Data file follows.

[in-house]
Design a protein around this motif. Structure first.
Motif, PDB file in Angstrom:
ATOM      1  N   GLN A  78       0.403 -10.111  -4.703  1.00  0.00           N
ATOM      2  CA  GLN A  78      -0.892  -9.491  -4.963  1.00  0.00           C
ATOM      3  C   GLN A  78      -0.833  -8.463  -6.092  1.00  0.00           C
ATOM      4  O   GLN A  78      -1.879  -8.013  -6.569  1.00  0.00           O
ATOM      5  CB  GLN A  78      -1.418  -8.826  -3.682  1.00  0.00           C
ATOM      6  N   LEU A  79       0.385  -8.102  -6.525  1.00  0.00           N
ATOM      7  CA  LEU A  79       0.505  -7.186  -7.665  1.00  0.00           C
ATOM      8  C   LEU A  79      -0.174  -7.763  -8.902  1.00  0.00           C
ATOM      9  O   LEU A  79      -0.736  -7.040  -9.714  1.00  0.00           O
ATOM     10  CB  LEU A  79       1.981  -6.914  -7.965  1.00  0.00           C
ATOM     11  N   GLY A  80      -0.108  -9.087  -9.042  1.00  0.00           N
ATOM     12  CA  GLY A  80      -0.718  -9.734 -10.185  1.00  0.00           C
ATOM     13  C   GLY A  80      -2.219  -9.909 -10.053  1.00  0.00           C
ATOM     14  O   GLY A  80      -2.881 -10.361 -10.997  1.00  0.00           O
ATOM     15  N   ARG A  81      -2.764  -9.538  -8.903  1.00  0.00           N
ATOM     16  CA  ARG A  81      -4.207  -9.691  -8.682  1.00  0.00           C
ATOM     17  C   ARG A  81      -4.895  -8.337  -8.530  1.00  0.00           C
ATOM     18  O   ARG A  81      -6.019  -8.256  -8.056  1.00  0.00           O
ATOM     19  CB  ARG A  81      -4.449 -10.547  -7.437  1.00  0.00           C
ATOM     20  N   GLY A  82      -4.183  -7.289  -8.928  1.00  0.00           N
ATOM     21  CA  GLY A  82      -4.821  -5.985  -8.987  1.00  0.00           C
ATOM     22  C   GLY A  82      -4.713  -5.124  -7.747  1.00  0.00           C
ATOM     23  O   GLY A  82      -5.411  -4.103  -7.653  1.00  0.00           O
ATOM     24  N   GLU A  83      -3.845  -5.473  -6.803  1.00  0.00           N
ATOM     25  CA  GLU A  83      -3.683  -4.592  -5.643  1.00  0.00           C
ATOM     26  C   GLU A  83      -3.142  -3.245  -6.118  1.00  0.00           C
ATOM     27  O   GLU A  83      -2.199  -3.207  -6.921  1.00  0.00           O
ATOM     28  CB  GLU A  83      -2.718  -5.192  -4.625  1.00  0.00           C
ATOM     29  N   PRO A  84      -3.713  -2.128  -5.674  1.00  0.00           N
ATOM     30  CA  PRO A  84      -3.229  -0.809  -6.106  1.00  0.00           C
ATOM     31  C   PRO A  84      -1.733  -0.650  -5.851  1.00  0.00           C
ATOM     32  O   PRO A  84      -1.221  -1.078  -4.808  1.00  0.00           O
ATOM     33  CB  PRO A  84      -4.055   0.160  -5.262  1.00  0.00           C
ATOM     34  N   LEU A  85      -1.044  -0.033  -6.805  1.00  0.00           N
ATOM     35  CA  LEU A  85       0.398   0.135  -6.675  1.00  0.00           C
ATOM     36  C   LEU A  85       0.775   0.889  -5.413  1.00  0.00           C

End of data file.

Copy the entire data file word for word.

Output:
[in-house]
Design a protein around this motif. Structure first.
Motif, PDB file in Angstrom:
ATOM      1  N   GLN A  78       0.403 -10.111  -4.703  1.00  0.00           N
ATOM      2  CA  GLN A  78      -0.892  -9.491  -4.963  1.00  0.00           C
ATOM      3  C   GLN A  78      -0.833  -8.463  -6.092  1.00  0.00           C
ATOM      4  O   GLN A  78      -1.879  -8.013  -6.569  1.00  0.00           O
ATOM      5  CB  GLN A  78      -1.418  -8.826  -3.682  1.00  0.00           C
ATOM      6  N   LEU A  79       0.385  -8.102  -6.525  1.00  0.00           N
ATOM      7  CA  LEU A  79       0.505  -7.186  -7.665  1.00  0.00           C
ATOM      8  C   LEU A  79      -0.174  -7.763  -8.902  1.00  0.00           C
ATOM      9  O   LEU A  79      -0.736  -7.040  -9.714  1.00  0.00           O
ATOM     10  CB  LEU A  79       1.981  -6.914  -7.965  1.00  0.00           C
ATOM     11  N   GLY A  80      -0.108  -9.087  -9.042  1.00  0.00           N
ATOM     12  CA  GLY A  80      -0.718  -9.734 -10.185  1.00  0.00           C
ATOM     13  C   GLY A  80      -2.219  -9.909 -10.053  1.00  0.00           C
ATOM     14  O   GLY A  80      -2.881 -10.361 -10.997  1.00  0.00           O
ATOM     15  N   ARG A  81      -2.764  -9.538  -8.903  1.00  0.00           N
ATOM     16  CA  ARG A  81      -4.207  -9.691  -8.682  1.00  0.00           C
ATOM     17  C   ARG A  81      -4.895  -8.337  -8.530  1.00  0.00           C
ATOM     18  O   ARG A  81      -6.019  -8.256  -8.056  1.00  0.00           O
ATOM     19  CB  ARG A  81      -4.449 -10.547  -7.437  1.00  0.00           C
ATOM     20  N   GLY A  82      -4.183  -7.289  -8.928  1.00  0.00           N
ATOM     21  CA  GLY A  82      -4.821  -5.985  -8.987  1.00  0.00           C
ATOM     22  C   GLY A  82      -4.713  -5.124  -7.747  1.00  0.00           C
ATOM     23  O   GLY A  82      -5.411  -4.103  -7.653  1.00  0.00           O
ATOM     24  N   GLU A  83      -3.845  -5.473  -6.803  1.00  0.00           N
ATOM     25  CA  GLU A  83      -3.683  -4.592  -5.643  1.00  0.00           C
ATOM     26  C   GLU A  83      -3.142  -3.245  -6.118  1.00  0.00           C
ATOM     27  O   GLU A  83      -2.199  -3.207  -6.921  1.00  0.00           O
ATOM     28  CB  GLU A  83      -2.718  -5.192  -4.625  1.00  0.00           C
ATOM     29  N   PRO A  84      -3.713  -2.128  -5.674  1.00  0.00           N
ATOM     30  CA  PRO A  84      -3.229  -0.809  -6.106  1.00  0.00           C
ATOM     31  C   PRO A  84      -1.733  -0.650  -5.851  1.00  0.00           C
ATOM     32  O   PRO A  84      -1.221  -1.078  -4.808  1.00  0.00           O
ATOM     33  CB  PRO A  84      -4.055   0.160  -5.262  1.00  0.00           C
ATOM     34  N   LEU A  85      -1.044  -0.033  -6.805  1.00  0.00           N
ATOM     35  CA  LEU A  85       0.398   0.135  -6.675  1.00  0.00           C
ATOM     36  C   LEU A  85       0.775   0.889  -5.413  1.00  0.00           C